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Neuroscience. 2015 Feb 12;286:171-86. doi: 10.1016/j.neuroscience.2014.11.029. Epub 2014 Nov 26.

Social neuroendocrinology of human aggression: examining the role of competition-induced testosterone dynamics.

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Department of Psychology, Nipissing University, North Bay, ON, Canada. Electronic address:
Department of Psychology, Nipissing University, North Bay, ON, Canada.


A large body of evidence indicates that individual differences in baseline concentrations of testosterone (T) are only weakly correlated with human aggression. Importantly, T concentrations are not static, but rather fluctuate rapidly in the context of competitive interactions, suggesting that acute fluctuations in T may be more relevant for our understanding of the neuroendocrine mechanisms underlying variability in human aggression. In this paper, we provide an overview of the literature on T and human competition, with a primary focus on the role of competition-induced T dynamics in the modulation of human aggression. In addition, we discuss potential neural mechanisms underlying the effect of T dynamics on human aggression. Finally, we highlight several challenges for the field of social neuroendocrinology and discuss areas of research that may enhance our understanding of the complex bi-directional relationship between T and human social behavior.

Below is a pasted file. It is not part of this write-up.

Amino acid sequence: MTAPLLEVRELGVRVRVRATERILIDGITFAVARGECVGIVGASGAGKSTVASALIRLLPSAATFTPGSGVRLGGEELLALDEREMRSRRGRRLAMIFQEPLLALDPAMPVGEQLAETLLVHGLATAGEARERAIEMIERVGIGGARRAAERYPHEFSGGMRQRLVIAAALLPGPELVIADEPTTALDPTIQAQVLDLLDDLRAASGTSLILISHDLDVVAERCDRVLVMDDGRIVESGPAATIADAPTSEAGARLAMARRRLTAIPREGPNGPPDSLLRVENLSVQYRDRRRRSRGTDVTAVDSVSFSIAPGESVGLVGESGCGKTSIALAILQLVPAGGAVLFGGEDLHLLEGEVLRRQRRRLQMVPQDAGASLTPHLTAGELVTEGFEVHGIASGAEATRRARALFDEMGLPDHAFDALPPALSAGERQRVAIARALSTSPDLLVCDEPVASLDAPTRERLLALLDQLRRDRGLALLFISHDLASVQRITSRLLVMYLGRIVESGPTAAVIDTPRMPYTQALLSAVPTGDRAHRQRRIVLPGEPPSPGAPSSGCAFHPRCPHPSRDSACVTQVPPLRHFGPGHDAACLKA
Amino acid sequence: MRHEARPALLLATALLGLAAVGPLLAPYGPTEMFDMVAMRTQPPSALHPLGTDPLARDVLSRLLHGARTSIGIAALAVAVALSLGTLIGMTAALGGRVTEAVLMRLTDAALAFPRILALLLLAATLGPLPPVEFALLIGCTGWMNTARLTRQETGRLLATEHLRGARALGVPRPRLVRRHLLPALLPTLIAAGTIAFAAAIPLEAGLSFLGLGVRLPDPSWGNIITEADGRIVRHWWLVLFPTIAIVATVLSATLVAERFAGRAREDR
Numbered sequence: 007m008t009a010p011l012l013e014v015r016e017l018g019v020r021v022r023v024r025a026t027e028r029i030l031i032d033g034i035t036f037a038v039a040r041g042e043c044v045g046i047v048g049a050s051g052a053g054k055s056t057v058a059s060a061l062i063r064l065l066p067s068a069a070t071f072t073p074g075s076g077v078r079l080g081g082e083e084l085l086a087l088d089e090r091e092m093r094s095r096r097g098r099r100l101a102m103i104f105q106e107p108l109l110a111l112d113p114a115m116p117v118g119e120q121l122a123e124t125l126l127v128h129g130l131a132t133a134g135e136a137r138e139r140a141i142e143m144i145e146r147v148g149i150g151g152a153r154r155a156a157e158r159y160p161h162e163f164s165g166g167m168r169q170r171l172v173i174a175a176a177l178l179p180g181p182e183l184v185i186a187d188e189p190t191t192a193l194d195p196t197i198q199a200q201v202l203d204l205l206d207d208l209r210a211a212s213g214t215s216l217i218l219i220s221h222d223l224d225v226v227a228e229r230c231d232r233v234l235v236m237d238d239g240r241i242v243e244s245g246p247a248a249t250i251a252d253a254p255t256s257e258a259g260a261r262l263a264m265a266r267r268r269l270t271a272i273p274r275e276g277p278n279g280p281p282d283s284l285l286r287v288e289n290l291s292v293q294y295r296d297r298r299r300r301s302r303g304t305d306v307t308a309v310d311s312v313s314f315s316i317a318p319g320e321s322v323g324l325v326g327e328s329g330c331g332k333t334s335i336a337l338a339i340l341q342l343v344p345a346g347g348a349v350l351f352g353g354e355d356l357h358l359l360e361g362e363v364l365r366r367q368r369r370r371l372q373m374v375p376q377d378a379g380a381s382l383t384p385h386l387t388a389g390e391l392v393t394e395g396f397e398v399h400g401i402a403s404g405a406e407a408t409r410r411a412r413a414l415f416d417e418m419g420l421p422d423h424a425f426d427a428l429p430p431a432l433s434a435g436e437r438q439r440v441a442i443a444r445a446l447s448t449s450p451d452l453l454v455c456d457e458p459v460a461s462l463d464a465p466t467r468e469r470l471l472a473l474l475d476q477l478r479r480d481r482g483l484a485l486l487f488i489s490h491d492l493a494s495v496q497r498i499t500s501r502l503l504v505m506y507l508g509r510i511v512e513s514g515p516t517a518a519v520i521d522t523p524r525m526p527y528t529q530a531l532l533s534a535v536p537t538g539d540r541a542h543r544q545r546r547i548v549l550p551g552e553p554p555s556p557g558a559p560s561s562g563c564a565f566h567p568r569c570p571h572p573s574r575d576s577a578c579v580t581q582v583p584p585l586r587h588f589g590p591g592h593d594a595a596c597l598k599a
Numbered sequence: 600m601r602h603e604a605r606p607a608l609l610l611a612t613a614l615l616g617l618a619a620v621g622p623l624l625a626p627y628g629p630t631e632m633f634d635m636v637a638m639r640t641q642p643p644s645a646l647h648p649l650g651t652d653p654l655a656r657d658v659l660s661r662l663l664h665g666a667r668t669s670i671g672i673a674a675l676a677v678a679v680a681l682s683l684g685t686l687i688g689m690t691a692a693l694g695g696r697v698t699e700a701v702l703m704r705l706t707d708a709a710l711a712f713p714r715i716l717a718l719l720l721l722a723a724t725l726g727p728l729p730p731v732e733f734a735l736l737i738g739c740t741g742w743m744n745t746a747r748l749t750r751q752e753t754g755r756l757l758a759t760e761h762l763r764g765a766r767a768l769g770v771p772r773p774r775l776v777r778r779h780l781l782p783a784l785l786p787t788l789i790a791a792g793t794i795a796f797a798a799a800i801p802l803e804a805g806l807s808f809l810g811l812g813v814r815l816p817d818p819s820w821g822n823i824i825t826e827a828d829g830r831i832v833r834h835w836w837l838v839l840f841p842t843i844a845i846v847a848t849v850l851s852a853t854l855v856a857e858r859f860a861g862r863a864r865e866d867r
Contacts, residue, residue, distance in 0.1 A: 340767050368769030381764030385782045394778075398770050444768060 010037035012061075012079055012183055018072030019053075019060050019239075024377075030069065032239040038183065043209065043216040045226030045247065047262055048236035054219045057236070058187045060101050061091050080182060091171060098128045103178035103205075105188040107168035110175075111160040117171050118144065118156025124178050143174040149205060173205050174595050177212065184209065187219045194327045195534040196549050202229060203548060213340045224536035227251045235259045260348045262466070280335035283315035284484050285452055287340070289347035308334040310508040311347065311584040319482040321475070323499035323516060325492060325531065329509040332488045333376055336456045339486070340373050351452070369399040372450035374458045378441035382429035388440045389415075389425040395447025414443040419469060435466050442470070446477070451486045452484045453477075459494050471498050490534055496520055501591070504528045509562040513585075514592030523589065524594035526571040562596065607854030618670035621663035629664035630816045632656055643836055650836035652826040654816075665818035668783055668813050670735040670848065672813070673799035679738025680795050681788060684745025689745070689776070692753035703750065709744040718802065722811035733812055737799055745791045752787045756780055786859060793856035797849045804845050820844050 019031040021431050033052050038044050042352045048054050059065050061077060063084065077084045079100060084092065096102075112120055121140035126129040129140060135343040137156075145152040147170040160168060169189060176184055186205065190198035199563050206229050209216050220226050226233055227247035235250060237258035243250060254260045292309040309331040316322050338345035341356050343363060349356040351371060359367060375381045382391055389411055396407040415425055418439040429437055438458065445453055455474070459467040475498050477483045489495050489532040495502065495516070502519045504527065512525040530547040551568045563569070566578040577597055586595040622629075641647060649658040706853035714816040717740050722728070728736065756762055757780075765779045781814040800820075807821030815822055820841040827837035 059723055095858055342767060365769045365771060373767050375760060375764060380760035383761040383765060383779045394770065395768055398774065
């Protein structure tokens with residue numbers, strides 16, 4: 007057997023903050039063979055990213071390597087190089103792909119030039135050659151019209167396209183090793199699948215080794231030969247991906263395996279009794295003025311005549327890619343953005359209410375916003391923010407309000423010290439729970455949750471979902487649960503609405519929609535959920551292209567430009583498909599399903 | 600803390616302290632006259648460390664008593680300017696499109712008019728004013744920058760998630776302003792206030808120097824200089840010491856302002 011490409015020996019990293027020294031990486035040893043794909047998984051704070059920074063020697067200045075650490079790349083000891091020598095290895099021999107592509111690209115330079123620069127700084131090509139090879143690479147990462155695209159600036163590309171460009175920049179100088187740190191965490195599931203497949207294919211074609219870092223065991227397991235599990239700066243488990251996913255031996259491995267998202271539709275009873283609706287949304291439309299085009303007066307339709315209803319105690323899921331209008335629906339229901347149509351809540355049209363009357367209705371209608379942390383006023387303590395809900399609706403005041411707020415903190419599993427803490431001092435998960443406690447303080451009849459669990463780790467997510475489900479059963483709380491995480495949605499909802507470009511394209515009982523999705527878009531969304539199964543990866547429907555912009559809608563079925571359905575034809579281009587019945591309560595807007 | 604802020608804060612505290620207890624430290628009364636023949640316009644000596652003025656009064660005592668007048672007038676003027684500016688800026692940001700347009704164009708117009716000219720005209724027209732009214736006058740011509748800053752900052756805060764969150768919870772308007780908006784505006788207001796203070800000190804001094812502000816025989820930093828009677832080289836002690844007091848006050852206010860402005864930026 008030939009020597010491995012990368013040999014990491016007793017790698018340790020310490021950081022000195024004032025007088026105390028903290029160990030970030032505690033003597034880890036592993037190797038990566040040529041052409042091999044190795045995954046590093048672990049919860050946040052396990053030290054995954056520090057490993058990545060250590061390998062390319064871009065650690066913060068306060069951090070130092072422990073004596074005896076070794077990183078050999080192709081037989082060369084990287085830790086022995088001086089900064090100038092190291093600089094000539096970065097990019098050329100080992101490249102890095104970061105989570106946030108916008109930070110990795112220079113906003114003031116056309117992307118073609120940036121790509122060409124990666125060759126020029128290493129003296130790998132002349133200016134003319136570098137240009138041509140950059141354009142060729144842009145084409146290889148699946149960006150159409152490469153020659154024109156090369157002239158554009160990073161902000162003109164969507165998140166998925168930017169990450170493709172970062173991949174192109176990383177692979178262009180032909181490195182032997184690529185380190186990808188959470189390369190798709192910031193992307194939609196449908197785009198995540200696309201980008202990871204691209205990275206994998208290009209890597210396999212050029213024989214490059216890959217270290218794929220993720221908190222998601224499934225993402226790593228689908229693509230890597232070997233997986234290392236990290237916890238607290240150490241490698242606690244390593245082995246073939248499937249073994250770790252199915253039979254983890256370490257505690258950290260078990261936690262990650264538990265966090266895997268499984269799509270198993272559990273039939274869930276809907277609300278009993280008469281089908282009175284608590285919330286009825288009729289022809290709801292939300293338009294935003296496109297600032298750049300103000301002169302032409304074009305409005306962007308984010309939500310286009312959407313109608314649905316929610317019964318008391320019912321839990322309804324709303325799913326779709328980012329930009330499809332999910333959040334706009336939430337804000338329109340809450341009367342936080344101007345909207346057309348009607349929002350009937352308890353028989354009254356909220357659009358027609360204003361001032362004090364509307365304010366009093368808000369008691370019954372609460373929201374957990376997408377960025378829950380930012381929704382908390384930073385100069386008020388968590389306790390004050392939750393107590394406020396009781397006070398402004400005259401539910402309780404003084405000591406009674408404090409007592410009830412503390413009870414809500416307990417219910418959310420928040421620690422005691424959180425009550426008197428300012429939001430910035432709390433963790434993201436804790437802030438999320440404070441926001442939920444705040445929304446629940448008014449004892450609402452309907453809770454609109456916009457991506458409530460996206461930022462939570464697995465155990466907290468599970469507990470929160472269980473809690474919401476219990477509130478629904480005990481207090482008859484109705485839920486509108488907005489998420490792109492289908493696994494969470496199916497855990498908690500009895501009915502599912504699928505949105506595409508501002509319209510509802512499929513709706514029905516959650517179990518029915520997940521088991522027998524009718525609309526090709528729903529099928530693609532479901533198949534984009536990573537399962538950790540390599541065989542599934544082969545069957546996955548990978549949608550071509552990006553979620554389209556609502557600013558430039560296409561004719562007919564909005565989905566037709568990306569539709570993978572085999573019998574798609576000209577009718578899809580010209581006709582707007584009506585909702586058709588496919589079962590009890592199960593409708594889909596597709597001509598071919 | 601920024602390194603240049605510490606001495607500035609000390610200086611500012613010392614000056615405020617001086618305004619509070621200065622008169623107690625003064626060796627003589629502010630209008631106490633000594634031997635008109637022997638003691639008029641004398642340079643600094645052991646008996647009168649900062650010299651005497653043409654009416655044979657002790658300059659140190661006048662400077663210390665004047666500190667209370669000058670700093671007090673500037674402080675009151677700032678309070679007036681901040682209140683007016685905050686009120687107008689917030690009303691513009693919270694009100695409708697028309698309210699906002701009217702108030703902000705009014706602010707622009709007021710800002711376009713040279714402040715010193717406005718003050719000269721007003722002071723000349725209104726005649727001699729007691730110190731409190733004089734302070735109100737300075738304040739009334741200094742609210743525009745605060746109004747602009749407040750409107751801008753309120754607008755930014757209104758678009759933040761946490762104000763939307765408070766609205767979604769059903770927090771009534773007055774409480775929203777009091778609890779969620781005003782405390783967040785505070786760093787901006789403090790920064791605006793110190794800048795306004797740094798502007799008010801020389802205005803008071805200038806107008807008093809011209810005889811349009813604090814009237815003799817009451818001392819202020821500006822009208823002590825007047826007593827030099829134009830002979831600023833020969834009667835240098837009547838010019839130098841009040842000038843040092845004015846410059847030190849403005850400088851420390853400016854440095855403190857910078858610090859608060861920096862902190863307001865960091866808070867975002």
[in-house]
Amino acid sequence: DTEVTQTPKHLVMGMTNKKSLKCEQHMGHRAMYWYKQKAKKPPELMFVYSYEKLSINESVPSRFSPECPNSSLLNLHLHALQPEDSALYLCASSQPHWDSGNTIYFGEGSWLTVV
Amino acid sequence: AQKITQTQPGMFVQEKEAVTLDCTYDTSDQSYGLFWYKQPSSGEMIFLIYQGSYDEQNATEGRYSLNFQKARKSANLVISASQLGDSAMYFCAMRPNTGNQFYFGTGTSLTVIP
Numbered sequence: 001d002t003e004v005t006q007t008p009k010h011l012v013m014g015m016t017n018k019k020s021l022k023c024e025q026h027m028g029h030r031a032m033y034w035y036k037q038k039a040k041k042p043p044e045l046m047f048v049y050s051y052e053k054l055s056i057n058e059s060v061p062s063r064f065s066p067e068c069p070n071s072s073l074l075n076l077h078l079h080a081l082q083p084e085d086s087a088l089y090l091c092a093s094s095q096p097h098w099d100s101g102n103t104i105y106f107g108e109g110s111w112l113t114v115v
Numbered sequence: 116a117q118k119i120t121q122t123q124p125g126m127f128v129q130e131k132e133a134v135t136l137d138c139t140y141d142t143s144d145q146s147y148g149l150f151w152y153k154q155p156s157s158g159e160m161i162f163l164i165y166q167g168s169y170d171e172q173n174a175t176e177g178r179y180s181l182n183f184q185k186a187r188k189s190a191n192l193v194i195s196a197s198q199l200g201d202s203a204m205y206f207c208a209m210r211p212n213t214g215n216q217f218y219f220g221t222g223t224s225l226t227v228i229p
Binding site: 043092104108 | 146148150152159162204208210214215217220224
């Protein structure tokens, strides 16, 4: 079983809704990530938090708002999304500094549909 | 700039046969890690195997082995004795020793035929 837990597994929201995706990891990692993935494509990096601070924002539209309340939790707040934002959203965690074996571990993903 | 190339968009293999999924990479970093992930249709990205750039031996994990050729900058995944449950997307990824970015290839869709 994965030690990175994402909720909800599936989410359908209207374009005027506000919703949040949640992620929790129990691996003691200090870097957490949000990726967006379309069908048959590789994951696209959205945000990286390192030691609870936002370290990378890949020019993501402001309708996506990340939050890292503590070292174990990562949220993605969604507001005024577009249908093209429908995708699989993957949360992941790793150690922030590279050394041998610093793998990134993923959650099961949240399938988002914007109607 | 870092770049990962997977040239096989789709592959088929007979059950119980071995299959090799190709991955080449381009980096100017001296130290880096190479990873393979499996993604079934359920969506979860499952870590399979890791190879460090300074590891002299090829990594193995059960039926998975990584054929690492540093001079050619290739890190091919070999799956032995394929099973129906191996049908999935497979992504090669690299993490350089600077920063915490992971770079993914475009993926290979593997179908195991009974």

aggression; competition; social neuroendocrinology; testosterone

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